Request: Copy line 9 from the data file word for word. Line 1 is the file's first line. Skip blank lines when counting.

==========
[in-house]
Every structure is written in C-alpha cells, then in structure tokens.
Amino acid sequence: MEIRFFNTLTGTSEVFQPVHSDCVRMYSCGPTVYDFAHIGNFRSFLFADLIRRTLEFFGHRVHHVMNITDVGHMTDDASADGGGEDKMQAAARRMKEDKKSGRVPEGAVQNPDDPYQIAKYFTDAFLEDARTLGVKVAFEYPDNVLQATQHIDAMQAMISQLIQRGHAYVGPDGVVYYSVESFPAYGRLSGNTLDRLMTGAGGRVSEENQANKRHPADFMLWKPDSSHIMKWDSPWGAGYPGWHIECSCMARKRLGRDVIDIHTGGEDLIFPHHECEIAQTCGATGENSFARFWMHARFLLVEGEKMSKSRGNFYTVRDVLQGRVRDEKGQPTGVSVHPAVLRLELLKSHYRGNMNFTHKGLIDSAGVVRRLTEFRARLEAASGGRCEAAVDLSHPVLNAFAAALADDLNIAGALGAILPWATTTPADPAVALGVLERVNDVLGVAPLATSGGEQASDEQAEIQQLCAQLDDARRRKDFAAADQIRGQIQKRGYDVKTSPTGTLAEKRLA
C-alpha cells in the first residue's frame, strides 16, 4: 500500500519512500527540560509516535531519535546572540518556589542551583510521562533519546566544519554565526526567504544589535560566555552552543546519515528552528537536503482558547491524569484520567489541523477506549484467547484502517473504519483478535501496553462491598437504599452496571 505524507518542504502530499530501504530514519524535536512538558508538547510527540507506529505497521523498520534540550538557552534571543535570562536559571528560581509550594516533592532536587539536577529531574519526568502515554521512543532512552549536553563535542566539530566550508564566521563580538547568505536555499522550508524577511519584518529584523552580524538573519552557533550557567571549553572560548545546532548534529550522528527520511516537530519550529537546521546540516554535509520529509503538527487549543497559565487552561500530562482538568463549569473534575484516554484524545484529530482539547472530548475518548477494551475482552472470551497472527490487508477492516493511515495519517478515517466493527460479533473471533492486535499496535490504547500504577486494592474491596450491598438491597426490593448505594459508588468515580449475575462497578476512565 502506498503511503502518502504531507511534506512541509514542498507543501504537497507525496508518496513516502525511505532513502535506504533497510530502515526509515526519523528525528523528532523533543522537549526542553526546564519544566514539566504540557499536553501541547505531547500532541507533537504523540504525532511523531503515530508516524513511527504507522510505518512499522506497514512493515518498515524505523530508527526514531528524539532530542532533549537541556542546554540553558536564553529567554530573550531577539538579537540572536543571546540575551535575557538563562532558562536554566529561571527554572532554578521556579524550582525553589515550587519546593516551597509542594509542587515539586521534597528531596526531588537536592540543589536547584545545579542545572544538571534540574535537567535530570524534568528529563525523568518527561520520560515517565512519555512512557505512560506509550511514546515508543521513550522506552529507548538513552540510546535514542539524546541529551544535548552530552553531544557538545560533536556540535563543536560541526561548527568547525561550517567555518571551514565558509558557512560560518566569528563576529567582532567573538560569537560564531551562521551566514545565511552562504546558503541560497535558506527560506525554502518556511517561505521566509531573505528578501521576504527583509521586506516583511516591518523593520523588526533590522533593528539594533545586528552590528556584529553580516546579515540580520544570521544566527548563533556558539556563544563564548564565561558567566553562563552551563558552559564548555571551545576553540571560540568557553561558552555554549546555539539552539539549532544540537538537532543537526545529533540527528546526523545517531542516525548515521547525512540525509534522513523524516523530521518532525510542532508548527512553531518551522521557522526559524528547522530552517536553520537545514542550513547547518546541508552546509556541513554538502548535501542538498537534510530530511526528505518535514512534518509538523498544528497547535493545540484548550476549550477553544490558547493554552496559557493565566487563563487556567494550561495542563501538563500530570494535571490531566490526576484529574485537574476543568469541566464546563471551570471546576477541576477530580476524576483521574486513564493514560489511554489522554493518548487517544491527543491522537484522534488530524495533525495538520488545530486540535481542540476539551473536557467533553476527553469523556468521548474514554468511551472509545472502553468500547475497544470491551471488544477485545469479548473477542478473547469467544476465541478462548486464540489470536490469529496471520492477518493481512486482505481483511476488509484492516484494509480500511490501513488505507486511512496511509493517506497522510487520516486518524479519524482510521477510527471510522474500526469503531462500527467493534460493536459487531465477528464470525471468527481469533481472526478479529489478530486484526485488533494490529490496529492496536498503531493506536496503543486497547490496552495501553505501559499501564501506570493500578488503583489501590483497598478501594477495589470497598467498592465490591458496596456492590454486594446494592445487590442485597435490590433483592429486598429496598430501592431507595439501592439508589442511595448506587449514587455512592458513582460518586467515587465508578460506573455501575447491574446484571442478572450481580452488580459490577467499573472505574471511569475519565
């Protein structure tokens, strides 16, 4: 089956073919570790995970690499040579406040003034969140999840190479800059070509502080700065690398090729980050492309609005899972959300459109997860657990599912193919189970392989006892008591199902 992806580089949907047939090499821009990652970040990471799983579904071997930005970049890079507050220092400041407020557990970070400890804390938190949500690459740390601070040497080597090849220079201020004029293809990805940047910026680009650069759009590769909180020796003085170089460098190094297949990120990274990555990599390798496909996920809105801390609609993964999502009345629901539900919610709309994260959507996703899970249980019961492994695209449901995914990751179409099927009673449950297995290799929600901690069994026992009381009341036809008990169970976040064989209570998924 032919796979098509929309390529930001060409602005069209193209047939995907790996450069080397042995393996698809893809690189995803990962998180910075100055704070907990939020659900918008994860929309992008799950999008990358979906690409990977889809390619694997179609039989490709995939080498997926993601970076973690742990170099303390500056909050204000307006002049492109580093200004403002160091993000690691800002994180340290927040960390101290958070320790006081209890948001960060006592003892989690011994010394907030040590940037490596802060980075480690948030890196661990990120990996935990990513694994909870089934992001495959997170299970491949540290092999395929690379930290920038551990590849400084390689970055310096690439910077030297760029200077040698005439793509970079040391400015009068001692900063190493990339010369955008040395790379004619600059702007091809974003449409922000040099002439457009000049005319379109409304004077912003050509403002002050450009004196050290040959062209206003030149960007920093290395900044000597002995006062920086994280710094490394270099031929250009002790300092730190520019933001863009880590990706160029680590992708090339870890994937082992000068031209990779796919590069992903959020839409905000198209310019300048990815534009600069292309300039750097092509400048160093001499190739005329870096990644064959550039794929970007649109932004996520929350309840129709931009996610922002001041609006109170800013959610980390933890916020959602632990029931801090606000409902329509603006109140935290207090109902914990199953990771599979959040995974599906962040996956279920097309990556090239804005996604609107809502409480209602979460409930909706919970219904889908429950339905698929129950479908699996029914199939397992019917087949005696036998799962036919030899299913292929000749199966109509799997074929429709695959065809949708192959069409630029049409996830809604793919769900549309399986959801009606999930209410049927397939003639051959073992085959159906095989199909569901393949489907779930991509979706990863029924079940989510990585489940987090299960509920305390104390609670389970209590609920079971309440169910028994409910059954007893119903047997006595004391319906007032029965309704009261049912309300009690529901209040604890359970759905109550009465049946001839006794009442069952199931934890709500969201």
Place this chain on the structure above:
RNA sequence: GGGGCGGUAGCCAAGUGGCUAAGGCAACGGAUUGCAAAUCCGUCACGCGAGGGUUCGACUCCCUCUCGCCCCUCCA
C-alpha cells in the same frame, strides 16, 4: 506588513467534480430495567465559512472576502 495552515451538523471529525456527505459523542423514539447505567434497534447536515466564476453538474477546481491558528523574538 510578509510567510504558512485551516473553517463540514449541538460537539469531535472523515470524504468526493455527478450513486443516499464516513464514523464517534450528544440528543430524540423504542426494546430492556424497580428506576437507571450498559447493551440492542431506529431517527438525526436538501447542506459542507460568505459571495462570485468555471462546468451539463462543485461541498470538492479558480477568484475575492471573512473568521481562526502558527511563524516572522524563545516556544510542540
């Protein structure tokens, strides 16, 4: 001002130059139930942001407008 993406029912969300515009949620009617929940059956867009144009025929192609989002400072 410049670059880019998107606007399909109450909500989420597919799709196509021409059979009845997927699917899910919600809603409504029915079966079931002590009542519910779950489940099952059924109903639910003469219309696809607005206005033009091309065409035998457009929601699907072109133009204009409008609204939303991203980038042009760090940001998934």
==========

């Protein structure tokens, strides 16, 4: 001002130059139930942001407008 993406029912969300515009949620009617929940059956867009144009025929192609989002400072 410049670059880019998107606007399909109450909500989420597919799709196509021409059979009845997927699917899910919600809603409504029915079966079931002590009542519910779950489940099952059924109903639910003469219309696809607005206005033009091309065409035998457009929601699907072109133009204009409008609204939303991203980038042009760090940001998934």